9. I have had many moments like that…I can’t think of specifics, but every so often, a sadness comes over me, like you described. It is hard for me to believe I have a 6 and 5 and 3 year old. No babies anymore. 😦

  10. I was SO bad at swaddling my son when he was a baby. We eventually bough one of the Velcro sack things. Worked like a charm! He grew out of it around 4 months old. He just kept wiggling and wiggling when we bundled him up. Once we let him free he was as happy as can be.

  11. Mine was hearing my daughter proclaim, “I do it!” Ugh. Right through the heart. You want them to be independent, but that first pulling away is painful.

  12. I remember precisely when Jack stopped staying in that cotton cocoon, and I’m sure I cried – I cried at all those fleeting moments in the beginning. On one hand, now I can’t believe he’s more than two – but on the other, we’ve had a long two years. I wish our homebuilding were coming along faster, but I couldn’t be more grateful that it seems to have slowed down my moments with that boy.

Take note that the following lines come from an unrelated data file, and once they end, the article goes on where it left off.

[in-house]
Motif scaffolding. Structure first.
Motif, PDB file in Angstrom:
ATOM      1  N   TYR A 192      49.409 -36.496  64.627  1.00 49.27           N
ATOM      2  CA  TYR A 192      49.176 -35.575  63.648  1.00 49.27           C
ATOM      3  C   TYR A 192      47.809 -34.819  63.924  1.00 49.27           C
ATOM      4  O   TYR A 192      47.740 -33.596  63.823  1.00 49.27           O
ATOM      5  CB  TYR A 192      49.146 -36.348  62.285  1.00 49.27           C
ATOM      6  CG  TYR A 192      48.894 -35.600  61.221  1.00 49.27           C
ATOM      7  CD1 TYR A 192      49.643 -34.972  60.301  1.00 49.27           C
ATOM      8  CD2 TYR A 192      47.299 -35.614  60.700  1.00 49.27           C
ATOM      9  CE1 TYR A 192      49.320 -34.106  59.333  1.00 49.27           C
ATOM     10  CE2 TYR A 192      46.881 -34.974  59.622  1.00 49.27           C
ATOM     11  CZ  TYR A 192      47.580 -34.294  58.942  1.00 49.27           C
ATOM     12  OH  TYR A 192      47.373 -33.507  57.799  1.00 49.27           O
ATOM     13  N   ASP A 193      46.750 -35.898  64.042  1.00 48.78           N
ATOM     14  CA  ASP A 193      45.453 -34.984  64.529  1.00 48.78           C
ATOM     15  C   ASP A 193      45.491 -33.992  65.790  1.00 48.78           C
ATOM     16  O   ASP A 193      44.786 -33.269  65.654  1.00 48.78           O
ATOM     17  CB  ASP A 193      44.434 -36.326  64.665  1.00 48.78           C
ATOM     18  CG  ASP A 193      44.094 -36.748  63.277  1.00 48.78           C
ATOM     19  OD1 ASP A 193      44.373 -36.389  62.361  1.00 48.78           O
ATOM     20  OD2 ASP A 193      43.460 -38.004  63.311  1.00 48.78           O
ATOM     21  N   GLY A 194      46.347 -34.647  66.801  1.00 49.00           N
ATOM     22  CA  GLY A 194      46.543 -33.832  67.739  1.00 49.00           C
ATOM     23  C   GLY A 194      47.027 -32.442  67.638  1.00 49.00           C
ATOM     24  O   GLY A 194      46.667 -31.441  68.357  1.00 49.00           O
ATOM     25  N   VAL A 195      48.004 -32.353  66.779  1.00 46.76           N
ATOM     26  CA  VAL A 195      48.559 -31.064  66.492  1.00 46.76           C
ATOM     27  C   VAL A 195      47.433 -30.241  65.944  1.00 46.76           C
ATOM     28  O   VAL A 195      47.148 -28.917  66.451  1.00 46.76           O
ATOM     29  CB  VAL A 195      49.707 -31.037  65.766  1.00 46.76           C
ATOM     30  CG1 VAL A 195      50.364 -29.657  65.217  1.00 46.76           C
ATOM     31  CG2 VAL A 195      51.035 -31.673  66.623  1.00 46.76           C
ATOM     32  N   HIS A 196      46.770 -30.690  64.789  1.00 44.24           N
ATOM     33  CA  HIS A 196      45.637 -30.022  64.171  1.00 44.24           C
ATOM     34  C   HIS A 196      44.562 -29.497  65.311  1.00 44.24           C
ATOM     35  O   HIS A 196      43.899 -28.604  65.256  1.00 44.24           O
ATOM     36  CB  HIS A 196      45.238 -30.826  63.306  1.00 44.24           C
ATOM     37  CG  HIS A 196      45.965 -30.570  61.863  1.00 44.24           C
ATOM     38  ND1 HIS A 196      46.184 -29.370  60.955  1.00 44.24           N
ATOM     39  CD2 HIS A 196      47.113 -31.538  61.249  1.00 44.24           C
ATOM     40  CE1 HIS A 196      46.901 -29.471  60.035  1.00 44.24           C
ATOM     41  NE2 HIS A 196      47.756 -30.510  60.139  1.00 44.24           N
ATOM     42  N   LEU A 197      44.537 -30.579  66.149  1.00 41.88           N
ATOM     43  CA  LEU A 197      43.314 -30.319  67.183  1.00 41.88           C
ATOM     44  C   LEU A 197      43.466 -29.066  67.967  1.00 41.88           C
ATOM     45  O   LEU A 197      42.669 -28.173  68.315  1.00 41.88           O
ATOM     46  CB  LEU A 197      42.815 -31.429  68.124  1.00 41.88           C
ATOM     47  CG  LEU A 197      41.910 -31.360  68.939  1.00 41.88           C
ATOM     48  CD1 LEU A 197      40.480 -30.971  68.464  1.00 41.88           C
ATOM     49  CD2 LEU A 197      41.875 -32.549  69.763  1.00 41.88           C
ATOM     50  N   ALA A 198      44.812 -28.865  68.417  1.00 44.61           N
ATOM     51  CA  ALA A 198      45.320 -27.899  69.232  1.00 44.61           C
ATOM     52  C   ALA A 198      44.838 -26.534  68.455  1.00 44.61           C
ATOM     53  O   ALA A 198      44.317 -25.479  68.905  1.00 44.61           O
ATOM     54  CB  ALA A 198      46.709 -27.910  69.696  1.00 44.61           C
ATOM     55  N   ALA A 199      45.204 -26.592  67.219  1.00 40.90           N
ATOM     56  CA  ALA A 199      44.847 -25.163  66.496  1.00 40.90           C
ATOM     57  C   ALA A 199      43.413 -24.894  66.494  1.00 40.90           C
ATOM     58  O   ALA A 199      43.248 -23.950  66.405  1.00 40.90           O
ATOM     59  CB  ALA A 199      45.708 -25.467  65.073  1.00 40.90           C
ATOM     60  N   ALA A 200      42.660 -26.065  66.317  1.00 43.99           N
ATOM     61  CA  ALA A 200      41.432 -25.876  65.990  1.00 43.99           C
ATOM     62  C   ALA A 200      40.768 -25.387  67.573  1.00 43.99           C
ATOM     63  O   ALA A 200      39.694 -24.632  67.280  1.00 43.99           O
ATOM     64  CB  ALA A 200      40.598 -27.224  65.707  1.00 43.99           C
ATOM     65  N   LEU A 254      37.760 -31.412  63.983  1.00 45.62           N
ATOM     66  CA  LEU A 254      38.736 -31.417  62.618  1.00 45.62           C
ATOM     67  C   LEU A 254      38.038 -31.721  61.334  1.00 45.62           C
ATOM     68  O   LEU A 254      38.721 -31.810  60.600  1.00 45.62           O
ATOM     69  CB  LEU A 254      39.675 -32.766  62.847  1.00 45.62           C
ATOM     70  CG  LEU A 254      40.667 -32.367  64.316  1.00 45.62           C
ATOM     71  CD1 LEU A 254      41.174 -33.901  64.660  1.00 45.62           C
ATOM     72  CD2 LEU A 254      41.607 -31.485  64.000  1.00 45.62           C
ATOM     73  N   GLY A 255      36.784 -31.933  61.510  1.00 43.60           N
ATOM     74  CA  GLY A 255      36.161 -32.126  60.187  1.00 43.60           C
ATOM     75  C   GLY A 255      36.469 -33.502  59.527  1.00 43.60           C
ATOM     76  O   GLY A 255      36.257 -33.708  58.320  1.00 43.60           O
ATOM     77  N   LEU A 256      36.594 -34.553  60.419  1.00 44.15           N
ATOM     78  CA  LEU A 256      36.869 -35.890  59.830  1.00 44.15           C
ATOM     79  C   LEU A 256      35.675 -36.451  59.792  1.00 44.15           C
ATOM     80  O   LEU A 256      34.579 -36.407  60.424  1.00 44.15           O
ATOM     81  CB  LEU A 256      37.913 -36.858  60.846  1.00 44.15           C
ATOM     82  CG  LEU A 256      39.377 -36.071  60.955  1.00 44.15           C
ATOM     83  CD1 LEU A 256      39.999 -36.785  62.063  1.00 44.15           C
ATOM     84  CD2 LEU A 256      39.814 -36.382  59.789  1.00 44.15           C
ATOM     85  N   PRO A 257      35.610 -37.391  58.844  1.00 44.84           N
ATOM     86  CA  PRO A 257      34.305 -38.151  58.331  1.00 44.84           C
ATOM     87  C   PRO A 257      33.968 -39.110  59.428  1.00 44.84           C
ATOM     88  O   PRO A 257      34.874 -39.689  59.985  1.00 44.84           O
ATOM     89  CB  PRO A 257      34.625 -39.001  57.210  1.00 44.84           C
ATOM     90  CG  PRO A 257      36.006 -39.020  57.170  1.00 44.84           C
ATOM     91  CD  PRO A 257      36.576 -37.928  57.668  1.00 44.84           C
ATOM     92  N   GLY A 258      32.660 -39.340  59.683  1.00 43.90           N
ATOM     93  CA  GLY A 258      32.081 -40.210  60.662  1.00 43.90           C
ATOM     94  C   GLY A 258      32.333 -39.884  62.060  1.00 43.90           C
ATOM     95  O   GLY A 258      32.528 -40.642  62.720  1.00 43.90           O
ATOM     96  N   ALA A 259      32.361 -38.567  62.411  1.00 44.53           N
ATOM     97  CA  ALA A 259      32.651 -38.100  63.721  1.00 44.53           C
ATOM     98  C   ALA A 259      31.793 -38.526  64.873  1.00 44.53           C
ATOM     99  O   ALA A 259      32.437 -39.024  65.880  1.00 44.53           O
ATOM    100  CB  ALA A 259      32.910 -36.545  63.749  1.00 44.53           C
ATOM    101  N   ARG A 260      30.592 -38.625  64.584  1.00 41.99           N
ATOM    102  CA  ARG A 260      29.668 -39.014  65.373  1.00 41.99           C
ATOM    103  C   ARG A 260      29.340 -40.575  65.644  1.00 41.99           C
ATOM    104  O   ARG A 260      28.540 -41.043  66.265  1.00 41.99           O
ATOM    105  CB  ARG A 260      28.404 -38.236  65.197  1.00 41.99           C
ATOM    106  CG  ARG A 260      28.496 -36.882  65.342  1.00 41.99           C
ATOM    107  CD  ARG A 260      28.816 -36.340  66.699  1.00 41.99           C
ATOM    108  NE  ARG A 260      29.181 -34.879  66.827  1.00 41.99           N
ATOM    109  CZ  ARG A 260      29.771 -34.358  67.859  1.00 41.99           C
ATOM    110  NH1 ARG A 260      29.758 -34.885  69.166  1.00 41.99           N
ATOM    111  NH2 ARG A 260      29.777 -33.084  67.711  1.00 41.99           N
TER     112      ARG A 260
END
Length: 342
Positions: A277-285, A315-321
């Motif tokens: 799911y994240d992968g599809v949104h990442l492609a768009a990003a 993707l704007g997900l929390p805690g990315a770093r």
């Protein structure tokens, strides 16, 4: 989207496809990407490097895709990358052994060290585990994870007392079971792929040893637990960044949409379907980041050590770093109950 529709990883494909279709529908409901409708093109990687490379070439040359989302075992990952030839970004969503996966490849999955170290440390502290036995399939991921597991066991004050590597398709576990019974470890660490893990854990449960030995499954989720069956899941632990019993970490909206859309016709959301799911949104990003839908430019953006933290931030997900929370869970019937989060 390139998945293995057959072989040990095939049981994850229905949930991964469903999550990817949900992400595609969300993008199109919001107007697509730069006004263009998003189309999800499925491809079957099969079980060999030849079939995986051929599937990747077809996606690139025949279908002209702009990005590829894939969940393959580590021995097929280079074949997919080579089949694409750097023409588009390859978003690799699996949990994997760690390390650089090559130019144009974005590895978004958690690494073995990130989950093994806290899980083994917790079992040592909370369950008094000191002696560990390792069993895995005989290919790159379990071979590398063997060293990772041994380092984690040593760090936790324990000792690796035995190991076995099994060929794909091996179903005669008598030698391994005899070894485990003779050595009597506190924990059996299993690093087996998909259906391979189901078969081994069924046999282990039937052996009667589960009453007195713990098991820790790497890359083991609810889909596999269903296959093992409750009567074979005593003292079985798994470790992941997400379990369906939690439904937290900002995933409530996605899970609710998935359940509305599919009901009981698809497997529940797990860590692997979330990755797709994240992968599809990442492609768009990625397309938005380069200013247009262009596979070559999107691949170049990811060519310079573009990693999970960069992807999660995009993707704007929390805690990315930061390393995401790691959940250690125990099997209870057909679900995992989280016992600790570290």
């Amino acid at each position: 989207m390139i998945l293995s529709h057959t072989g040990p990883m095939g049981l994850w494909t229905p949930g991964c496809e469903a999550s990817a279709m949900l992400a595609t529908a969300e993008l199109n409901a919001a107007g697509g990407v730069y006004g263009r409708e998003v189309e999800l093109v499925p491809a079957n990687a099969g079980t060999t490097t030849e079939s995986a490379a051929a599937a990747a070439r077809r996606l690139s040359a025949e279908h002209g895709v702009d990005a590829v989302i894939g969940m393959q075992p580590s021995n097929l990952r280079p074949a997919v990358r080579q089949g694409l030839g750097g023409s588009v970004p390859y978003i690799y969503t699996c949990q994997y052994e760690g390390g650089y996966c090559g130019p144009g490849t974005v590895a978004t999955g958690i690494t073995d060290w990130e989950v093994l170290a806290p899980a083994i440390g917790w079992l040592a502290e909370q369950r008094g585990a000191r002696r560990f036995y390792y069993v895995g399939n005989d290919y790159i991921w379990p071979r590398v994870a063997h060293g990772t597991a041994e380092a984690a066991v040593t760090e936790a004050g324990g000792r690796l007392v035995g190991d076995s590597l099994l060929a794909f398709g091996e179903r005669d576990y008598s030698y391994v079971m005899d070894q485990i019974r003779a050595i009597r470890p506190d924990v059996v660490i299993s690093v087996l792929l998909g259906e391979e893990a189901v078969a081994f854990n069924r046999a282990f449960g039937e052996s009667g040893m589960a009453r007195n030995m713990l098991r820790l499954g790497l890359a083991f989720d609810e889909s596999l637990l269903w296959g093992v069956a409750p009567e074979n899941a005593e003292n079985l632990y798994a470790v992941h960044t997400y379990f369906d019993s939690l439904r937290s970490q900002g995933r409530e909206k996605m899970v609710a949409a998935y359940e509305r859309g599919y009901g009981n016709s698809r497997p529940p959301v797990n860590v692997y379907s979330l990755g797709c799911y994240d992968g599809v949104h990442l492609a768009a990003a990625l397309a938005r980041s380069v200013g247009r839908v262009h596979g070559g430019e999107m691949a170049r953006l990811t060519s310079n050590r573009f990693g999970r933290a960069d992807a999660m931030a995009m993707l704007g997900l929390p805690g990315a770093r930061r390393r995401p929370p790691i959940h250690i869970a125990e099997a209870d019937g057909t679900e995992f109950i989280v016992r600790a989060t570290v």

13. I can’t sing happy birthday to my kids without crying, ever. I can’t sit through their end-of-year programs at school without crying. Otherwise, I’m usually OK as I am so deep in the day-to-day of their lives that there isn’t much pause. I can’t imagine empty nesting, though…that must be down right painful.

    None of my kids were technically swaddled much, but I do love to do it! Nothing better than a baby burrito.

  14. Awwww!!!! Sweet imagery. Mine hated swaddling. But he liked to be held and rocked and jiggled. =)

  15. We were terrible swaddlers. Even the Miracle Blanket didn’t contain our girls. But I saw a one-day-old baby this weekend in her little burrito and she just made me cry and spout cliches about how fast it all goes. That baby burrito moment is too, too fleeting.

  16. I am just thankful, thankful for the Miracle blanket, which finally, finally kept my N. contained in a swaddle when she was 6 weeks old, and she slept in a place that was NOT my chest for the first time. Our new little L. has been wrapped up like a champ in his own blue blanket since his first night home, and ACTUALLY sleeps in his bassinet. Miracle, indeed.

    • New little L?! How did I miss his arrival? Congratulations!! Hope the Small World is adjusting well. 🙂

  17. Shoot. You don’t want to read MY post today, then. I can’t believe MY baby is almost 5. FIVE. That’s like, an impossibility, despite what the calendar says.